This book is borderline perfection. The villains are villiany but they’ve all got motivations that you can at least understand, if not all out sympathize with them. The baby’s adult voice is funny and genuine. The love between Alana and Marko is sweet and strong and fierce. The universe is the kind of wonderful mix of the challenging, interesting races and places of science fiction, with the mix of wackiness that only comics can pull off.

Nope, everything about this book is amazing. If you have ever thought about starting graphic novels, this is the one. Start here. You will not regret it.

Seriously. Check it out.

Last movie I watched:

No idea. Don’t remember. It’s been a while.

Last TV show I watched:

A few minutes of Spongebob. But really, there was a baby there and I didn’t watch it that much.


The YA dystopian fiction that actually deserves all the hype it’s not getting

Legend by Marie Lu

Okay, some time ago I accidentally listed to Prodigy, the second book in this series, thinking it was the first one. It wasn’t. This one is the first one.

And it was as amazing as I imagined it would be. And I strong recommend everyone goes forth and reads it, in the correct order.

Legend is the story of two teenagers. One is Day, a Robin Hood like rebel, living on the streets and fighting against a government he doesn’t trust. The other is June, the only child in the Republic to ever score perfect on the mandatory government testing and is destined to be a commanding officer in the war against the Colonials. Their paths cross one night through June’s brother Matthias. And while they start out the story on opposite sides, their search for the truth and their quest to protect their loved ones will bring them together.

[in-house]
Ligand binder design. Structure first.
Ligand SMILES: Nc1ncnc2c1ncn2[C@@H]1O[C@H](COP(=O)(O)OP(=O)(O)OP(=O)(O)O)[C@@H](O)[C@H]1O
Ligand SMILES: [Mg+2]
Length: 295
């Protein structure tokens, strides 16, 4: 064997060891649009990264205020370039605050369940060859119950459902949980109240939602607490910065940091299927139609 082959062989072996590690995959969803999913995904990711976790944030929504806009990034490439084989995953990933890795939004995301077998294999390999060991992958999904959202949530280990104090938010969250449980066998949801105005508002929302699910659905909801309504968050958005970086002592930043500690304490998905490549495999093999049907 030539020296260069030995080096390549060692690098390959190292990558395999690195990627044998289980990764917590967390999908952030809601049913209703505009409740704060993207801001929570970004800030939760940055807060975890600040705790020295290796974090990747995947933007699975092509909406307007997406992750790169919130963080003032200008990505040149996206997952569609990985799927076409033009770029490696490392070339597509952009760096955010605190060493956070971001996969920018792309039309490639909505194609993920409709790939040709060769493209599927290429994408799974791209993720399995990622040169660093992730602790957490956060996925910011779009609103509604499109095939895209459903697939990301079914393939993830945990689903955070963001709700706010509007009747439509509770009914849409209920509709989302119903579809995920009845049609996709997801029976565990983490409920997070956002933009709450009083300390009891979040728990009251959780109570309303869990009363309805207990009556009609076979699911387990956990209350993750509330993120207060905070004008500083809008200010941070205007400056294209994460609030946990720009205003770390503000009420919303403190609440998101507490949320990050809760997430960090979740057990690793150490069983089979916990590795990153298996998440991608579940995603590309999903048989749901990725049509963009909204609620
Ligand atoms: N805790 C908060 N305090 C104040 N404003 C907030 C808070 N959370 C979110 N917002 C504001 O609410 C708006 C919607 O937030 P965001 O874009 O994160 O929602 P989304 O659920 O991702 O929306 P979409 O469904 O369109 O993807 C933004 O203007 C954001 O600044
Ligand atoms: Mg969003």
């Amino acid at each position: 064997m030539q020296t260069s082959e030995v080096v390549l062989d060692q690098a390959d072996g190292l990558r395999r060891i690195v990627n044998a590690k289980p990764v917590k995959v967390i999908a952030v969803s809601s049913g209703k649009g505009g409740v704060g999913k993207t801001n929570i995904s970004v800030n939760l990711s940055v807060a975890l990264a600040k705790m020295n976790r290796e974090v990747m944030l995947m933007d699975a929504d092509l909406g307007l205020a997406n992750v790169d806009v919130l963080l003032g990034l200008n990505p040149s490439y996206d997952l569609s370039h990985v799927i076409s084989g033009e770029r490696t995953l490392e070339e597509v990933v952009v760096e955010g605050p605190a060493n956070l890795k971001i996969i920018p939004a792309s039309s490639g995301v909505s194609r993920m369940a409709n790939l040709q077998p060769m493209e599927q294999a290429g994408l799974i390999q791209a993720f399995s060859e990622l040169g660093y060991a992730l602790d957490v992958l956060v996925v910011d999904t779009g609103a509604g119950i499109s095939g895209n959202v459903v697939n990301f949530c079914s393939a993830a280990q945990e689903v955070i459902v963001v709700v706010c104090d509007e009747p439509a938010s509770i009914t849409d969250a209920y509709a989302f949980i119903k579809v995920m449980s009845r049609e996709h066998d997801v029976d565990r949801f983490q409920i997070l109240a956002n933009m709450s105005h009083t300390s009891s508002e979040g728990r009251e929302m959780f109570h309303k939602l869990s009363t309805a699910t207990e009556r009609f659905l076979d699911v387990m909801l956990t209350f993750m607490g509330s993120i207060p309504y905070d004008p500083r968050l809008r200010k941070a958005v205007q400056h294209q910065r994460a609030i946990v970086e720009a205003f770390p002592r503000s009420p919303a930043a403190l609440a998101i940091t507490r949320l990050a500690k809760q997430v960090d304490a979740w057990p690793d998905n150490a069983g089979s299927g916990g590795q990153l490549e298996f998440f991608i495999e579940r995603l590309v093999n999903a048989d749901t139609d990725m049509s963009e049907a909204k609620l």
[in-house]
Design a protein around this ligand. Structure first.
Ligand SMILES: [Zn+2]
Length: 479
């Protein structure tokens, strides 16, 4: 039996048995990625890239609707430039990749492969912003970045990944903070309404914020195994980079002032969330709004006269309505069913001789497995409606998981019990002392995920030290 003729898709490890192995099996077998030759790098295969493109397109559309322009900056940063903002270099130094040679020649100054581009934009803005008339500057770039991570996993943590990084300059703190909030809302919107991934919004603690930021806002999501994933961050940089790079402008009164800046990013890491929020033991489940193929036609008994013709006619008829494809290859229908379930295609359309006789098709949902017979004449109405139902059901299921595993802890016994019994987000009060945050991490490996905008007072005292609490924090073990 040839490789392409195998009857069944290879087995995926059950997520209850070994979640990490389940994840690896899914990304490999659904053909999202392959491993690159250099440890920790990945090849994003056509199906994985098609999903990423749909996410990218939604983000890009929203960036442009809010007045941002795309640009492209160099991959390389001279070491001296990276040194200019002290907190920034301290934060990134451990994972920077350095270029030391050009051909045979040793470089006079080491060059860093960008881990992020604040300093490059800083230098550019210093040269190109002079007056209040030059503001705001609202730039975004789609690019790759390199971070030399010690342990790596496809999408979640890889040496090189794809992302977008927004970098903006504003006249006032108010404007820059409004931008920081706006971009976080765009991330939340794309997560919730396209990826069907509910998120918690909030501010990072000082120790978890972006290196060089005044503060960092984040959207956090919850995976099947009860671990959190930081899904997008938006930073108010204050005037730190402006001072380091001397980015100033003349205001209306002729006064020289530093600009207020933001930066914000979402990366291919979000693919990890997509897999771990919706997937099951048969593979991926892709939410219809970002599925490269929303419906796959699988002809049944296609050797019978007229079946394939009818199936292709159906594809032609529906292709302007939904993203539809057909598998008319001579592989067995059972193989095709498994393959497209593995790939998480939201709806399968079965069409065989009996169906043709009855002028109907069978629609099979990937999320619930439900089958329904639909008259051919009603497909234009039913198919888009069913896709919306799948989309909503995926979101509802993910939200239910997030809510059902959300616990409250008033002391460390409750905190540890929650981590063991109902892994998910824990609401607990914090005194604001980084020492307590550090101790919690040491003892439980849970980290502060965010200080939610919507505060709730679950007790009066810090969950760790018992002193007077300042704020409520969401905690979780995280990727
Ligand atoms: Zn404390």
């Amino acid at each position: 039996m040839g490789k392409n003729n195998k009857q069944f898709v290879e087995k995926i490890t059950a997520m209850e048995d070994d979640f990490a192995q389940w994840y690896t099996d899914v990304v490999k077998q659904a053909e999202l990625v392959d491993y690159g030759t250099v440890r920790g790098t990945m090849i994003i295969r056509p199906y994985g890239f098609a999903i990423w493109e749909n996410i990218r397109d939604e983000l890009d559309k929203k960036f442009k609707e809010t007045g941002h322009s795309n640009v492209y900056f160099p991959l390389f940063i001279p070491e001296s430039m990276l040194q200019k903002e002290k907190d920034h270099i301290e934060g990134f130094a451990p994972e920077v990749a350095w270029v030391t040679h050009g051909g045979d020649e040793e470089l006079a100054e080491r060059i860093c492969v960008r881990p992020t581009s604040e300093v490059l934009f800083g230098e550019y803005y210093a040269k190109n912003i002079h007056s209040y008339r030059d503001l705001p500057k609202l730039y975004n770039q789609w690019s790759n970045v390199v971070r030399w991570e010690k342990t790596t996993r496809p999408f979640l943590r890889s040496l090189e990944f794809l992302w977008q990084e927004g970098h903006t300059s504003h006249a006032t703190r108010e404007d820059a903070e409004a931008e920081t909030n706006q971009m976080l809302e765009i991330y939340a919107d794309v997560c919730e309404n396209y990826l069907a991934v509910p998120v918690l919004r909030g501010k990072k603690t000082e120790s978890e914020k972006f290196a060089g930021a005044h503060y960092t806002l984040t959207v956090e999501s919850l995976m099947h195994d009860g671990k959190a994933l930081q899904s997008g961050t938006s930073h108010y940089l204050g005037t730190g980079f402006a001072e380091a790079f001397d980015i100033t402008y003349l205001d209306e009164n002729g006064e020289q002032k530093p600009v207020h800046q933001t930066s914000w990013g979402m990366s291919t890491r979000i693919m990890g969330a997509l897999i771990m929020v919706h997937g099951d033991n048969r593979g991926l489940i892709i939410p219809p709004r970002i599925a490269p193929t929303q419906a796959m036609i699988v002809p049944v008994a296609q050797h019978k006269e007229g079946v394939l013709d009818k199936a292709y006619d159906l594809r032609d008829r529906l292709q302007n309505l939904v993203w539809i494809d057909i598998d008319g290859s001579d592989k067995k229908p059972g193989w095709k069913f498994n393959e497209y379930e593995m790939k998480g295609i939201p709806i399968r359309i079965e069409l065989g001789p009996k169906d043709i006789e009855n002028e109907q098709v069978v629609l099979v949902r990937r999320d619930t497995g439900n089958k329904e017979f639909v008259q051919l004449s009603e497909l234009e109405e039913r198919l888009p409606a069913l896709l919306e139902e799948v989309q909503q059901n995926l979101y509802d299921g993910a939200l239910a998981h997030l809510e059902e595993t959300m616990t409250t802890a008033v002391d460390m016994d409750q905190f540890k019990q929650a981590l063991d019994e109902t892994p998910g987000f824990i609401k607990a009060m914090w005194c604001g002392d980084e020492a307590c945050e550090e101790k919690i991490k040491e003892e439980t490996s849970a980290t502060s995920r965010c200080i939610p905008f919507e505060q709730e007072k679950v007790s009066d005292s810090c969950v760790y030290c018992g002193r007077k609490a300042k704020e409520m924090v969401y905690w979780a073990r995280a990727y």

This book might be riding the wave the Hunger Games started, but in my option is one of the better ones. Unlike some of the others, it’s distances itself by having society divided up through strange, arbitrary rules, going instead  by class (arguably not that different from real life now), doesn’t include the test that determines your life in the book (you know about it because it’s mentioned, but it’s not actually written about) and it doesn’t feature a civil war. Just a regular war. I guess it’s good to mix things up? DO NOT START A CIVIL WAR just to keep things interesting. Also the whole story is narrated from alternating perspectives and not in a cheap Allegiant kind of way, used at the last minute to make the plot possible. It’s also relatively low on extreme violence. June’s soldier training is mostly already established, Day makes an effort not to kill anyone, not even his enemies, so compared to other recent titles in the genre, this ones pretty clean.

The book is quick paced, driven and although it’s a little predictable, Day and June both are both sympathetic and interesting characters and now that I’m all caught up, I’m very excited to read the third one!

Last movie I watched:

Jupiter Ascending. Such an interest idea. So what went so wrong?

Last TV show I watched:

Smallville! Ahh, early Smallville. If Lana says “honesty” or “trust” one more time this episode I’m going to lay down on the floor and cry.


Geronimo Stilton doesn’t nail it

Geronimo Stilton: Singing Sensation

This was not Geronimo Stilton at his strongest and no one could be more disappointed then I am. Generally I love Geronimo. Way too much for someone who’s a few years shy of 30 anyway.